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PCI compliance in the local news

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The Atlanta-area transit authority was forced to accept only cash due to software errors it blamed on their efforts to meet PCI compliance.

MARTA passengers had to rely on only cash to purchase fares over the Labor Day holiday weekend, when a software problem wouldn’t allow Breeze cards to be used. The agency said earlier this week that the problem might involve software used to help make the Breeze card system compliant with major credit and debit card companies’ security requirements.

I haven't blogged about PCI compliance in a while.  Of course, we have a lot of customers that use WiKID to meet the two-factor authentication requirement 8.3 and we still get a number of customers deploying two-factor authentication for the first time (though increasingly they are switching from a more expensive competitor).  But really, it seemed like most of the organizations that needed to be compliant were.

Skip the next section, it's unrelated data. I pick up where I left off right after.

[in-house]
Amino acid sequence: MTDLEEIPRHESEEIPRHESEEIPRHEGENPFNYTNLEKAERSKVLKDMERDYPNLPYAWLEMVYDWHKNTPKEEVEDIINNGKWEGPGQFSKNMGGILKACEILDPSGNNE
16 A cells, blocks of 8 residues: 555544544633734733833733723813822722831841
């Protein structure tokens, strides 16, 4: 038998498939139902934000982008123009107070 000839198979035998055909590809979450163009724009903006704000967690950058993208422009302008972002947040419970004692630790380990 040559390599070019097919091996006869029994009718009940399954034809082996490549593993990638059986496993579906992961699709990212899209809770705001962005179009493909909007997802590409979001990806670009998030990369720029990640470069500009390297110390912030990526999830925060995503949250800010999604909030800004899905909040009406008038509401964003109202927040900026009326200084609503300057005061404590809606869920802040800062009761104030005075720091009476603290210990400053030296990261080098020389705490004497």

It brings back that old debate of whether PCI is a floor or a ceiling. Many infosec professionals and analysts are aware of companies that look at PCI and do that and only that.  Some have said they know of companies that reduce their security to PCI levels. 

That may be the case, but at WiKID, we see the other side: companies now increasing their security spend to meet PCI.  These are often smaller companies or newer retailers. We may have a biased view, but I think there are far more companies that don't have security professionals and don't use infosec analysts than those that do.  So I think PCI has increased overall security. 

That being said, PCI needs to keep raising the bar.  The MARTA situation shows that there are still some major holes as well.

 

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